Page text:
Op-Ed: ICANN Transition Protects Internet Freedom

Sep142016

OPINION EDITORIAL
Wednesday, September 14, 2016

From strengthening cybersecurity, to promoting the free flow of information worldwide, to expanding broadband access, the Obama Administration has consistently championed policies to ensure the Internet remains the greatest platform for free expression, innovation, and economic opportunity ever known. Yet just as the United States, our allies, and global Internet freedom advocates prepare to enact a long-term framework to protect the web from government intrusion, some in Congress are threatening to derail this effort.

Their claim that President Obama "is giving away the Internet," is a patently false and misleading distortion.

The United States was a critical contributor to the Internet’s development, but no single country, company, or organization owns it. While some of the first connections were established by U.S. government and military-backed research, the system was designed to be inherently open. Today, the Internet remains a decentralized network of connections owned, operated, and maintained by countless businesses worldwide, transcending all borders and uniting all people.

The erroneous claim that President Obama is “giving away the Internet” refers to a process our government started nearly 20 years ago to privatize management of the Domain Name System, or DNS. The DNS technical functions serve as a global address book of the Internet. Using domains like .com and .org, the DNS enables users to visit websites with memorable names instead of obscure numeric addresses. Without it, visiting a website like whitehouse.gov would require we type complex streams of numbers into our browsers.

During the 1990s, the U.S. government recognized the Internet’s incredible potential and determined that the private sector - not governments - was more suited to manage the technical evolution of the DNS. And so, the White House tasked the Commerce Department, through the National Telecommunications and Information Administration (NTIA), with carrying out a plan to privatize the DNS.

NTIA partnered with the Internet Corporation for Assigned Names and Numbers – or ICANN – to ensure the DNS would be managed by Internet stakeholders representing private industry, civil society, academia, and the greater online community.

Under this “multistakeholder approach,” Internet stakeholders have driven DNS standards and policies, and the Internet has flourished worldwide. In today’s digital economy, consumers and businesses rely on a myriad of online products, applications, services, and content for a wide range of daily activities. Two decades ago, just one percent of the world was online. Today, 45 percent – over three billion people – are online. Another two billion will connect by 2020.

Throughout this phenomenal growth, our government’s stewardship role with respect to the DNS has remained largely clerical and symbolic. Yet the relationship has become a powerful symbol for authoritarian governments seeking more control over the Internet.

In recent years, Russia, China, and other nations that censor content and limit free expression have voiced support for putting the United Nations in charge, arguing that if the U.S. is so involved, every government should be involved.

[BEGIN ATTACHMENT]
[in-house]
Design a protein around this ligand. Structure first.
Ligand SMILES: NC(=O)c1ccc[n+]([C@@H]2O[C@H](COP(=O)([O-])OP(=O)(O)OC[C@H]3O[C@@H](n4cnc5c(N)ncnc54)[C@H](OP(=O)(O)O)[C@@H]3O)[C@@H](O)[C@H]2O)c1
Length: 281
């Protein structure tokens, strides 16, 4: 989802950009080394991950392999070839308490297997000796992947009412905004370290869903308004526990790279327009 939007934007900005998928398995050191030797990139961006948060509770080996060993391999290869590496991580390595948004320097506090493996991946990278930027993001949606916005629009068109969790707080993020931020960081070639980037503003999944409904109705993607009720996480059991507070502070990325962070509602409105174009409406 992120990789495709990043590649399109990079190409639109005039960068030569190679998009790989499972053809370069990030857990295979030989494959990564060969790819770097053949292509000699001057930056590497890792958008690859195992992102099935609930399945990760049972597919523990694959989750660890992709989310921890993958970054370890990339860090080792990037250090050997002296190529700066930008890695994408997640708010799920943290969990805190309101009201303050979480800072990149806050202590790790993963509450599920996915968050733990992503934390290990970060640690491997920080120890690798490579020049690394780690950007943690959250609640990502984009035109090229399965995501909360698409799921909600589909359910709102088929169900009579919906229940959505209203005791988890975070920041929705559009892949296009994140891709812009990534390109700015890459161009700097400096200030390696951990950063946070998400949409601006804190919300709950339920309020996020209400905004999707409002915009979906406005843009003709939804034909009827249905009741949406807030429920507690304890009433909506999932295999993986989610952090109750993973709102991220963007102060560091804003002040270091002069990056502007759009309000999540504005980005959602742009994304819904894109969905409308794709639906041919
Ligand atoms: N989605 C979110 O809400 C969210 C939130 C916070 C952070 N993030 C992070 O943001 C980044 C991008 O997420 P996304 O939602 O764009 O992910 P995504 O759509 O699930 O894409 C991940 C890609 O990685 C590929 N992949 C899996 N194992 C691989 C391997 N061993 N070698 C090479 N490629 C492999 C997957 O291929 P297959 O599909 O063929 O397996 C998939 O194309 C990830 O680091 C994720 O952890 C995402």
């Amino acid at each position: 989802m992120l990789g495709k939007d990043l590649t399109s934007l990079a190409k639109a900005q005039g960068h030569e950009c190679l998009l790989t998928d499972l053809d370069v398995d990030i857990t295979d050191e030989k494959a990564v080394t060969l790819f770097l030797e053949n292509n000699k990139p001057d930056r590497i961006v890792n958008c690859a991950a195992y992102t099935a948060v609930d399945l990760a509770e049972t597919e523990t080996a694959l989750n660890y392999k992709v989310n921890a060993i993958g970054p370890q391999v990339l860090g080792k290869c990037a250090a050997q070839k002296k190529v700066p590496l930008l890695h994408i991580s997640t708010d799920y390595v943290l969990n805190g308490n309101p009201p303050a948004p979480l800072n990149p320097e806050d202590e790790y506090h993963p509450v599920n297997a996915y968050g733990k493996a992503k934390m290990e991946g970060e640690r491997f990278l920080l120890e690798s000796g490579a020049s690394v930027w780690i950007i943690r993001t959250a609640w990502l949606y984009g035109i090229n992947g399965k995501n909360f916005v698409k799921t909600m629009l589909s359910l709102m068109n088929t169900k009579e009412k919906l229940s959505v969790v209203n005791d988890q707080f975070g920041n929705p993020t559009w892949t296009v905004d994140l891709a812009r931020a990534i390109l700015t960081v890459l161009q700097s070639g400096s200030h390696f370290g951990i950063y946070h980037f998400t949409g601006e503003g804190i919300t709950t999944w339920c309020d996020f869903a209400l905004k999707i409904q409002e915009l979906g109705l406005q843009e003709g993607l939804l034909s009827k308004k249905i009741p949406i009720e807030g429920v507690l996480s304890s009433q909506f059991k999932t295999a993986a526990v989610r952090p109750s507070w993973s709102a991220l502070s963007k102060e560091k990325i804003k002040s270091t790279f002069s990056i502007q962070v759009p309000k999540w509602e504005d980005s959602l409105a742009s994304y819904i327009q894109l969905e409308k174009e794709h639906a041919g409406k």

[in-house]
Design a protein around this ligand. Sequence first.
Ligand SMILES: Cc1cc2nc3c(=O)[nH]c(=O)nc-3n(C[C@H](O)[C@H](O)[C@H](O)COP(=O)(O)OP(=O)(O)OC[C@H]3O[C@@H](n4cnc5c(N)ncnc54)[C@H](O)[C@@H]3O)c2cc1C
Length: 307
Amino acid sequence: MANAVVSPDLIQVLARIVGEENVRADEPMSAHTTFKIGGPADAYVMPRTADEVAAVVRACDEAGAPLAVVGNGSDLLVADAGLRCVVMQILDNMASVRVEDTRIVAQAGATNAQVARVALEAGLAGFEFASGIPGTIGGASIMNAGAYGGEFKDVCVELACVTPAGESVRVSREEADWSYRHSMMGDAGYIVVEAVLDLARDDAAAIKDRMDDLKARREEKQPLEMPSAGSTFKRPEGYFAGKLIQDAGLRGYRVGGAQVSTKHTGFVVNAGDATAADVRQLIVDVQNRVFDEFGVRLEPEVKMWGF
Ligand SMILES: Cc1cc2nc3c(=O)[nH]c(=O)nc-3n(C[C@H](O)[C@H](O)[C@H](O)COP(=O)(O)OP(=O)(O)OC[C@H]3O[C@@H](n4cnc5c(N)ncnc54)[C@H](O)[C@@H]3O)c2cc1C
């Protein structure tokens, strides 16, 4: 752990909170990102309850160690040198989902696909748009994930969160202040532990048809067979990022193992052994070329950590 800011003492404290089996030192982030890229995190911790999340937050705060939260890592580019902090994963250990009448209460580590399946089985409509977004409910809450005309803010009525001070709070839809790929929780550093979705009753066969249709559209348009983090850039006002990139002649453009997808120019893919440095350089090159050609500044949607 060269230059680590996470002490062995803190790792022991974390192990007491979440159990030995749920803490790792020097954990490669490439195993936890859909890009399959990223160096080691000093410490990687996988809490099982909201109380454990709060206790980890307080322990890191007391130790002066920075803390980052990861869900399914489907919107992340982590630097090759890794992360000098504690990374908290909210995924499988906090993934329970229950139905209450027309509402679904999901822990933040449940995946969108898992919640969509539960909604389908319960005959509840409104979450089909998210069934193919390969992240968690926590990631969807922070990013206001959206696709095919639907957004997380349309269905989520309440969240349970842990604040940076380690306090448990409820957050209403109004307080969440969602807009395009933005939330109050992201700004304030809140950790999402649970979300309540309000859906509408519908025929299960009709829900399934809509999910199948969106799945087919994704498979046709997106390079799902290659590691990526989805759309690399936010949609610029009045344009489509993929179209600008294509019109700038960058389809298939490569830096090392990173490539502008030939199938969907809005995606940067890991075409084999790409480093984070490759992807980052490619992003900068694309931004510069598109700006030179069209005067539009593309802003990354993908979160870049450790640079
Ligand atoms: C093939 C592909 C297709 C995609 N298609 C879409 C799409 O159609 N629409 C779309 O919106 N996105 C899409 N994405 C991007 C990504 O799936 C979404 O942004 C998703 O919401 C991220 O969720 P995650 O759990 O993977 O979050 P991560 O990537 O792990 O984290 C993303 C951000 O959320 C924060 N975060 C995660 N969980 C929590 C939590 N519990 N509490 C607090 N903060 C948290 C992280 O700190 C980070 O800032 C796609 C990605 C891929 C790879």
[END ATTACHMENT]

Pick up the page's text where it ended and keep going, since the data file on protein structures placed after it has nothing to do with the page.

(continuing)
We must not let that happen. Shifting control to the UN – or any intergovernmental body – would leave the Internet vulnerable to geopolitical disputes and endless bureaucratic delays. It would also chill innovation and impede the Internet’s expansion to billions of people worldwide.

In 2014, the Obama Administration put Russia and China’s march toward government micromanagement of the web on hold by announcing we would finally complete the privatization of the DNS promised in 1998.  We tasked stakeholders with creating a plan to transition our stewardship role, strengthen multistakeholder governance, protect the stability and security of the DNS, and maintain the openness of the Internet.

We now have such a proposal – one supported by major Internet freedom advocates like the Center for Technology and Democracy and Human Rights Watch, technology industry groups like the Internet Association, and business organizations like the U.S. Chamber of Commerce.

They all support this transition because it ensures the Internet remains accountable to the people, businesses, and organizations that use it, run it, and depend on it worldwide. Through ICANN’s Governmental Advisory Committee, government will be a voice at the table – but not the only voice. And certainly not a controlling voice.

The U.S. government has no statutory authority over ICANN. With the transition set to begin on Oct. 1, any effort by Congress to derail the privatization of the DNS would embolden those who seek greater government control.

Internet freedom is an economic and foreign policy priority for the United States. We envision a world where everyone has access to the Internet and the vast opportunities for communication, entrepreneurship, and empowerment it affords. The best way to ensure the continued expansion of a free, open, and truly global Internet is to entrust it not to governments but to the online community itself.

The deceptive claim that President Obama is “giving away the Internet” implies that this transition somehow weakens American power – when in truth, it makes us stronger.

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Last updated: 2017-10-19 15:00

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